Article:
[00:03:24] Drew: I’ve been living on the North Shore for about the last 25 years, mostly on the side of a mountain in West Van. Prior to that I would live in Whistler on the side of a mountain. So, you know, as you get older, you know, we started to think about future-proofing a home and having it down on a, a lower flatter elevation. Found a piece of property that we liked in the suburb of North Van and then this was actually, this goes back a ways because it was eight years ago when this project first came into inception. So, we bought this piece of property and then lived in the home that was there for what we thought was only going to be a year or two, and it turned out to be eight. So, the project has been sort of nurturing along since then. The whole premise was to build a future-proof home with sustainable features and renewable energy and as progressive as we could with the budget we had to work with. So that’s how we kind of the inception of this idea. And as it became real a number of years after, sort of first thinking it through, you know, I set up a development company due to my background in building and as I said, partnered with the Pacific Perspective team and, and we went about building it in that location.
[00:04:26] Mike: At the beginning of the process, did you envision a net zero home?
[00:04:29] Drew: To be honest, no. We weren’t looking at net zero at the beginning because this was basically three years ago, and Net Zero was brand new. But as we went through the steps of, uh, refining high performance and installing that technology in the home, we realized that we were really close to, to what was becoming this net Zero standard. And then, you know, based on a sort of, uh, assessment and estimates and what that was going to cost to, you know, that was something that I wanted to do.
[00:04:54] Chris: Yeah, it was interesting because it was, it was a bit of a realization I think around the framing stage where we realized, you know, if we tweaked a few metrics that we could actually get this thing net zero. So, you know, kudos to Drew for pushing that and, and wanting that and we had to make some adjustments and some changes to some of the assemblies and things like that, but, you know, we were able to, you know, ultimately pull it off. So, it was cool too, to try to figure it out. You know, you guys kind of touched on, you know, how would we do this maybe better the second time probably figuring that you wanted to do a net zero home right from the start is one of the, one of the keys. Because you can, uh, avoid a lot of stuff. But I mean, doing it this way actually was probably, you know, the greatest learning, uh, opportunity.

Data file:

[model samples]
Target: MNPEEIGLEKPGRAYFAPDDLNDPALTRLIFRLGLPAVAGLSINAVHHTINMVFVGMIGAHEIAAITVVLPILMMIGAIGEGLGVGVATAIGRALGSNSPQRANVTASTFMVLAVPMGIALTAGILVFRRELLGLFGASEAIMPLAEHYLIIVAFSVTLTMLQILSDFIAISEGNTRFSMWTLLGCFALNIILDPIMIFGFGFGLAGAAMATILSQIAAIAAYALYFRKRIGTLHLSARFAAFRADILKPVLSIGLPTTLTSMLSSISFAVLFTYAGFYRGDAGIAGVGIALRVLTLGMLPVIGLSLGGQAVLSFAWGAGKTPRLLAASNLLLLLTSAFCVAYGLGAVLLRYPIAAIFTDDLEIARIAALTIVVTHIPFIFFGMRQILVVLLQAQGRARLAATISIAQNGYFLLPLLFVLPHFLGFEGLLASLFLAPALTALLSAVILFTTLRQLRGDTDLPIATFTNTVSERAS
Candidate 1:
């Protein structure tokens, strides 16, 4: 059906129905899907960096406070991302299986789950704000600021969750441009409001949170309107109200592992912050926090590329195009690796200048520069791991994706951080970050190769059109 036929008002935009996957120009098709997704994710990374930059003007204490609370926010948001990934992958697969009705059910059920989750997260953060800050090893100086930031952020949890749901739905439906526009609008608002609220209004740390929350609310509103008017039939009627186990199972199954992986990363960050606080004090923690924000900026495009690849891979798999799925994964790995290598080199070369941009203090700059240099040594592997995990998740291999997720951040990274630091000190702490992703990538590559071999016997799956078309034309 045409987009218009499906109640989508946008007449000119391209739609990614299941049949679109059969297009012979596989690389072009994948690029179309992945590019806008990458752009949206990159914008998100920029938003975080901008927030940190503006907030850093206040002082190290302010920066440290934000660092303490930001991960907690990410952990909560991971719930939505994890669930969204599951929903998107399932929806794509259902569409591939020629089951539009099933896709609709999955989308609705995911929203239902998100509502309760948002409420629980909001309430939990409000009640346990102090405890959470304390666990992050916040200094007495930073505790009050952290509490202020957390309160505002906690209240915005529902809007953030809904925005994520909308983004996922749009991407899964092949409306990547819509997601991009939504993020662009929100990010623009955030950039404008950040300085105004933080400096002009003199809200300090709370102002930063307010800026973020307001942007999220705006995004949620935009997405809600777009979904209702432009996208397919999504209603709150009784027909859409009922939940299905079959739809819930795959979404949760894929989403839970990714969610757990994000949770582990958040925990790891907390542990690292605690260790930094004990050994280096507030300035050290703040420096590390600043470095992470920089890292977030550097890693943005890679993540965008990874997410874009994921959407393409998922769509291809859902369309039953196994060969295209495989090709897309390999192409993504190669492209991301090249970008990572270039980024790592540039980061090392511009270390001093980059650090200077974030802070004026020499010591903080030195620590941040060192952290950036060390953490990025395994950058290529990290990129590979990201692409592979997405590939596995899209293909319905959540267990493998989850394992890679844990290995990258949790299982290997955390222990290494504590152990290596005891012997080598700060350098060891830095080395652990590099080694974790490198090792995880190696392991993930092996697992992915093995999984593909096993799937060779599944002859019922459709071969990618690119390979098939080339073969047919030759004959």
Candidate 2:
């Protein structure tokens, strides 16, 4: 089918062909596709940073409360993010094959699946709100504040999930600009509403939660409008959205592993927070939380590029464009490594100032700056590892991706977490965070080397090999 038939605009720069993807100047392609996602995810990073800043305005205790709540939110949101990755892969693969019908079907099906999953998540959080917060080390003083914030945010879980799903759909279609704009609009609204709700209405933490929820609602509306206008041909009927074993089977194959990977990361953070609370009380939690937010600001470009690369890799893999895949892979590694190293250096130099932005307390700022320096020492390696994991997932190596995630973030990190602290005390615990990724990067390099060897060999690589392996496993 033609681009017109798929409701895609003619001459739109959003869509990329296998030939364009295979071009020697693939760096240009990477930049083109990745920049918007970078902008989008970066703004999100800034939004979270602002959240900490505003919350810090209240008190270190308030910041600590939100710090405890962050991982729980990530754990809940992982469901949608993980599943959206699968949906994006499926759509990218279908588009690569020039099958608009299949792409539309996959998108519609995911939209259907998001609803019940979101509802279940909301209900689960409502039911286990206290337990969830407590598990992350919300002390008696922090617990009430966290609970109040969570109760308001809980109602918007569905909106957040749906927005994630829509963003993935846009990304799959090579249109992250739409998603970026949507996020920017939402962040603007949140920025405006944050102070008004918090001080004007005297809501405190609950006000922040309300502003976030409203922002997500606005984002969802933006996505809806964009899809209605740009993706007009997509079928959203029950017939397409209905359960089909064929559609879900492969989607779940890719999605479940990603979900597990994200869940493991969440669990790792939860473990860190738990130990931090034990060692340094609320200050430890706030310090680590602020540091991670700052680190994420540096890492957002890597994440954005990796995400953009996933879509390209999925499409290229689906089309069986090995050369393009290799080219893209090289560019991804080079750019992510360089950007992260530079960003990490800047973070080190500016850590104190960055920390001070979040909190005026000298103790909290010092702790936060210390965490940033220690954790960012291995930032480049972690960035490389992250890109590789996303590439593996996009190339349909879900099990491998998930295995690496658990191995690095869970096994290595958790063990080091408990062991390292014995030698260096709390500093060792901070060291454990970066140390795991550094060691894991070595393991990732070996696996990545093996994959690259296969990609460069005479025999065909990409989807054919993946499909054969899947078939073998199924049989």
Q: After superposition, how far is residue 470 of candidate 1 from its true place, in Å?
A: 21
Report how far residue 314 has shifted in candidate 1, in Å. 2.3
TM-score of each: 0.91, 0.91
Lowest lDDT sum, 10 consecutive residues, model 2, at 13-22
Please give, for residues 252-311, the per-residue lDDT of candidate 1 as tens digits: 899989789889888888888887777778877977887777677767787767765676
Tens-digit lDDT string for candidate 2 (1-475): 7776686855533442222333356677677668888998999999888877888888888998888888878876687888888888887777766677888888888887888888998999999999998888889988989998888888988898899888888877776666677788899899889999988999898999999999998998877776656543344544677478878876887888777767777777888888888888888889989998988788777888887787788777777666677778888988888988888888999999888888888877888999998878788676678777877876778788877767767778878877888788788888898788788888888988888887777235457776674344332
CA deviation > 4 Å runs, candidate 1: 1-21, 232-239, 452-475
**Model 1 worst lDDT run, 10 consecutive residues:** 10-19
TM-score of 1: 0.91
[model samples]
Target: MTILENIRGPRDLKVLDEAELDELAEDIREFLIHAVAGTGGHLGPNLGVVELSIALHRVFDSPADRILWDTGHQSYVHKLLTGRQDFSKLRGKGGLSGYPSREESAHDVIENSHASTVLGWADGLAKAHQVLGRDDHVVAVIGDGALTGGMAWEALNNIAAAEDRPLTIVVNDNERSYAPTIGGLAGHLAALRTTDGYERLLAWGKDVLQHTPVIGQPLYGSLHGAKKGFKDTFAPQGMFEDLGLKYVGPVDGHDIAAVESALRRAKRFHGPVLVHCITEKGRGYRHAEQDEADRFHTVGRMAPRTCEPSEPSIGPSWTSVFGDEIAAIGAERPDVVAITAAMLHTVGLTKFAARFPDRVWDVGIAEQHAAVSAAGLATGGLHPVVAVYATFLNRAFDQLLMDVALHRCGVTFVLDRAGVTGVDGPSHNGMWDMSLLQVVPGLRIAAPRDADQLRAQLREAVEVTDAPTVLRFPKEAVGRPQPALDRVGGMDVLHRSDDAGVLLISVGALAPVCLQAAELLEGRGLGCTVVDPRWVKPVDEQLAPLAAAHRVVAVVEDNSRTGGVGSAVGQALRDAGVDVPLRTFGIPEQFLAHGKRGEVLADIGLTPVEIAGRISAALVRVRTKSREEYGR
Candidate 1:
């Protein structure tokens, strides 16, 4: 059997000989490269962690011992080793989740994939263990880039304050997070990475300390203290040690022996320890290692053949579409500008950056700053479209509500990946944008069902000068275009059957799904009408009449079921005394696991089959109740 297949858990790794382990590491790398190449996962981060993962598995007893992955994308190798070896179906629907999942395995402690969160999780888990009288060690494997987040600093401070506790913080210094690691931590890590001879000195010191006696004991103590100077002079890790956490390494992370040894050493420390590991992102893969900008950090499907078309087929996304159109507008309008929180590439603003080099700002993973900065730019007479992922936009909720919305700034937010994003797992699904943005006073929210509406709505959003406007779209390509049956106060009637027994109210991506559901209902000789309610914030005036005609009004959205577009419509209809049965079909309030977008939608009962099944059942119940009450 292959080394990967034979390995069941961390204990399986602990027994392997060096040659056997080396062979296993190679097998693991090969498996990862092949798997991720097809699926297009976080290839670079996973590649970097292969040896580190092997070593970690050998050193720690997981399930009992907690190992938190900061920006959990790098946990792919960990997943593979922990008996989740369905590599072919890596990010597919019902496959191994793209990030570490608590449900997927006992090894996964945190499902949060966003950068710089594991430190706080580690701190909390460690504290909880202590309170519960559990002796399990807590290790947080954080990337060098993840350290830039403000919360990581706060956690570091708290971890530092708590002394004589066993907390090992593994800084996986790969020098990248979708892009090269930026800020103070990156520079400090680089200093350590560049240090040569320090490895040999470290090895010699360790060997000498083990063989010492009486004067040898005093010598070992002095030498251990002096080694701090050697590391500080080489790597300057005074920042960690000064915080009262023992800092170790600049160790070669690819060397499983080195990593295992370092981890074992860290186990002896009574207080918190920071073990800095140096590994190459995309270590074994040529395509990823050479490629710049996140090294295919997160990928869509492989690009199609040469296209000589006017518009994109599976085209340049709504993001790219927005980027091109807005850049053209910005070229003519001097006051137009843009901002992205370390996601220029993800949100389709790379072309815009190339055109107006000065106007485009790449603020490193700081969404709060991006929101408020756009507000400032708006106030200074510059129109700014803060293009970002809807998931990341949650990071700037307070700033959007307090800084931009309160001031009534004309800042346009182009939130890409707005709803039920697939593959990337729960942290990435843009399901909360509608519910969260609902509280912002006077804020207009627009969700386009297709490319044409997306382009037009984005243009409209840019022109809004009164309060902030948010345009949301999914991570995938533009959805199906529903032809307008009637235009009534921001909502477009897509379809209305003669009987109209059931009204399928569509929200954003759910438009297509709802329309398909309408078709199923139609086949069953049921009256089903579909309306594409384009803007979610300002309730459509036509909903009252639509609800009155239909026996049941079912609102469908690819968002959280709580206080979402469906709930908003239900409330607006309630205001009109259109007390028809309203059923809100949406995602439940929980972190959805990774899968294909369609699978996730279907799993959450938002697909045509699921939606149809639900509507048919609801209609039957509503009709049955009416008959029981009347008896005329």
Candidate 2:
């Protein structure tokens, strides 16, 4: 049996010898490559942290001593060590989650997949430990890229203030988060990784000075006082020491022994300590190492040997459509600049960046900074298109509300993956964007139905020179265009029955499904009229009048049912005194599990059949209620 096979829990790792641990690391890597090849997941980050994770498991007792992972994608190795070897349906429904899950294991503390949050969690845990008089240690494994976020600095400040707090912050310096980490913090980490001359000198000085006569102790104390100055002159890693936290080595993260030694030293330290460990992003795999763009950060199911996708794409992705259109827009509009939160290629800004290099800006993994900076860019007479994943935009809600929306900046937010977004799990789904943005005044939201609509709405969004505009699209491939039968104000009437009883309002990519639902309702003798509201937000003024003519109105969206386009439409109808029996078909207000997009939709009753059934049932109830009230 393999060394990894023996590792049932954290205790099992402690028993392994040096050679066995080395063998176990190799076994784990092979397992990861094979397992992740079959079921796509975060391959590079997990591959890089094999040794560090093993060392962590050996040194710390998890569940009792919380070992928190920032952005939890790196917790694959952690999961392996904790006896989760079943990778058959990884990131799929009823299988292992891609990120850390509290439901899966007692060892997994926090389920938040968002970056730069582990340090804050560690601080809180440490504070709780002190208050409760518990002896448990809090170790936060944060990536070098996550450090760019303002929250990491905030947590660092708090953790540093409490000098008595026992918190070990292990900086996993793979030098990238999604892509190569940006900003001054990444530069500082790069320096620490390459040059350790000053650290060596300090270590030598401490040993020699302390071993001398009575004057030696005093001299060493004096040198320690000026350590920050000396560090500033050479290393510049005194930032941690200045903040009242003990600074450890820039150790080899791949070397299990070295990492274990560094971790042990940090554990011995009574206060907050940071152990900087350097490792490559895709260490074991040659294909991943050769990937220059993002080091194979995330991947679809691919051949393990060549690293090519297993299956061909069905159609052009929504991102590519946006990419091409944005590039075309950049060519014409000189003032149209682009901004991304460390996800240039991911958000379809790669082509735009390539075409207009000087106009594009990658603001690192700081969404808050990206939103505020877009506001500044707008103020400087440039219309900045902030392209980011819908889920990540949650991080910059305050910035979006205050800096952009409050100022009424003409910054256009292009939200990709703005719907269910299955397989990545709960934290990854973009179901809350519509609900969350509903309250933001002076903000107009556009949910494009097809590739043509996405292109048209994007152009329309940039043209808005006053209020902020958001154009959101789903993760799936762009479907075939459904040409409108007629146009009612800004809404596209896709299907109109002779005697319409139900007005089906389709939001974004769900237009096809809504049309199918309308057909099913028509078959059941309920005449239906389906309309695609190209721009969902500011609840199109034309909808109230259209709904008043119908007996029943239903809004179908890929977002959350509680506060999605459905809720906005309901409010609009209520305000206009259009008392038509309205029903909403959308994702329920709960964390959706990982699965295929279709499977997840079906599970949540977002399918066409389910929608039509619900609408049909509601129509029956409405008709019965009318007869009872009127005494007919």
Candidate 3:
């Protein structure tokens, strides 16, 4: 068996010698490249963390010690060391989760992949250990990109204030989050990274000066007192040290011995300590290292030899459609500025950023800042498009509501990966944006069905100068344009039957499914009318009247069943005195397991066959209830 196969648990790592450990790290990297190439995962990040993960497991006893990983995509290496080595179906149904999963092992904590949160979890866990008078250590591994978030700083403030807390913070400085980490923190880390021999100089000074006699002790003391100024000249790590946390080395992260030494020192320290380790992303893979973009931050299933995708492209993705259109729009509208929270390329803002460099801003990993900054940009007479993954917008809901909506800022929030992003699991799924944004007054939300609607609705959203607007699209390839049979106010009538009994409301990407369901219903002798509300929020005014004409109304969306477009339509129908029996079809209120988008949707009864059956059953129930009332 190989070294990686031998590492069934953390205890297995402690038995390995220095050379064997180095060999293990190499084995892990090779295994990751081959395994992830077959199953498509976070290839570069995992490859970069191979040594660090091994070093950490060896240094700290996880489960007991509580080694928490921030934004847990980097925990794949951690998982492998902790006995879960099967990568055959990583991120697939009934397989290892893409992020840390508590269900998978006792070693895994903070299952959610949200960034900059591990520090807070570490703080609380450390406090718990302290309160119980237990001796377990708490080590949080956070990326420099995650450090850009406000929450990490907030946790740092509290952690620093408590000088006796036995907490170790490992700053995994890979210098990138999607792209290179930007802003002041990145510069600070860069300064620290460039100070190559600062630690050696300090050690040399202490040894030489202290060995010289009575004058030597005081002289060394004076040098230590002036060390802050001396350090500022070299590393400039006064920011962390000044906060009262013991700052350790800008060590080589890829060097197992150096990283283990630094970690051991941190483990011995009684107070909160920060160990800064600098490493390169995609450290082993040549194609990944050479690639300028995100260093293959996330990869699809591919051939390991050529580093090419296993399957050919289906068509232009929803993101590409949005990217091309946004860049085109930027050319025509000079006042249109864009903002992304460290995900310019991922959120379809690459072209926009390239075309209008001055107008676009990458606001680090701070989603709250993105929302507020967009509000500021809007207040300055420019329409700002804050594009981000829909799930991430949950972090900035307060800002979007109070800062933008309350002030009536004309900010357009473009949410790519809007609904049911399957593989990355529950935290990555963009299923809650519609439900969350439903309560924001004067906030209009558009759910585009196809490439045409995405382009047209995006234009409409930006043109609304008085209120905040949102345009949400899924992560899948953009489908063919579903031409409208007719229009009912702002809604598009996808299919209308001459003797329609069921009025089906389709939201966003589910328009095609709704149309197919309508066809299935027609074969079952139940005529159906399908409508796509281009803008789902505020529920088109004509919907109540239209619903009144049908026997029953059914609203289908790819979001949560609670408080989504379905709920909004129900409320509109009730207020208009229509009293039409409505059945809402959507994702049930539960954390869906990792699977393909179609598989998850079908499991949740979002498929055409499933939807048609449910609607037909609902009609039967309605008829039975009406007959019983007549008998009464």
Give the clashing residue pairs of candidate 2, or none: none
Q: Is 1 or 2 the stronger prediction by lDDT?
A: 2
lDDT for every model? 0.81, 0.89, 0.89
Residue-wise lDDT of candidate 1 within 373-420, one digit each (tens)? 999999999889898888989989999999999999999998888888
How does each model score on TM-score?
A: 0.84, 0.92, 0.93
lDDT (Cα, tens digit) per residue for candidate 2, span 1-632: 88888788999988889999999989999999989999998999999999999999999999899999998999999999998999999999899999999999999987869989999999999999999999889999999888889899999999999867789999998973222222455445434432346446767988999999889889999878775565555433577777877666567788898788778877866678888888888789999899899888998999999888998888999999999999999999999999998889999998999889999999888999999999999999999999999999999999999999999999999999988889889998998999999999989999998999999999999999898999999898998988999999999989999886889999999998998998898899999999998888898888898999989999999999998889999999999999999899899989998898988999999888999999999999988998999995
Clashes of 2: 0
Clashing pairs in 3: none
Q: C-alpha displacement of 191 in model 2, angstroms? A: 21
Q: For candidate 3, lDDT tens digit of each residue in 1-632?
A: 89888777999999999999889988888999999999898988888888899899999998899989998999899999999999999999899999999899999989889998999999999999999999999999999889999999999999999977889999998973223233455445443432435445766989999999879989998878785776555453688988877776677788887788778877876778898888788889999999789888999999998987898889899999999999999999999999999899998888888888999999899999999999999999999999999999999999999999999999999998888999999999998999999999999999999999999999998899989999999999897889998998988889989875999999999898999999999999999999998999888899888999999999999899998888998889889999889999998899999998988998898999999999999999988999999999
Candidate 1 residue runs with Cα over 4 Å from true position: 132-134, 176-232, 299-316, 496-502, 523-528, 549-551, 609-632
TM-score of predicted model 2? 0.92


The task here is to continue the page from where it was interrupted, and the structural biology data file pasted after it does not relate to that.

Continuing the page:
[00:05:34] Jennifer-Lee: And how did you guys come to be? Because like, you obviously have the developer side, so how did you decide to choose Pacific Homes? Because you know, you’ve got the knowledge, but like we talk about this all the time, like choosing the right builder for you. How did you choose the right builder?
[00:05:48] Drew: And I think that was born out of a friendship with one of the owners of Pacific that I developed with. You know, a number of years working on a different project, a completely different project. We came together and he was a builder on a, another project I was involved with. And so, we got to know each other and liked who he, who, who he was and what he was doing, and a very savvy businessman in the construction industry. So, it was just a real positive experience. So then, uh, you know, I told him about what, what I was trying to do and what I wanted to do, and, uh, he was keen. And so, that sort of brought us together. And then the rest is history. Here we are.
[00:06:27] Mike: How’d that conversation go when you said, hey, by the way, we’re building net zero now?
[00:06:31] Chris: Yeah, I mean, I did actually. I was super keen, obviously as a builder, to explore, you know, the latest technologies and what’s coming down the, the line. Because I think, you know, like you mentioned earlier, the sea change of construction is happening. And so, the more opportunity you get to build these kinds of homes, the better. And I’ve always been fascinated with solar. I’ve always been fascinated with renewables and high-performance homes. And just seeing, like getting to use these different products and talk to people that are really knowledgeable about them and seeing them getting installed is a real kind of treat for us too. So, it was exciting. It was a great opportunity and it’s been a great experience.
[00:07:08] Jennifer-Lee: So, besides the fact of staying, that should have been a net zero from the beginning, is there anything else that you would like to learn more about in this new space that you feel like, oh, I wish I had more knowledge on this aspect of the home. Or are you just perfect?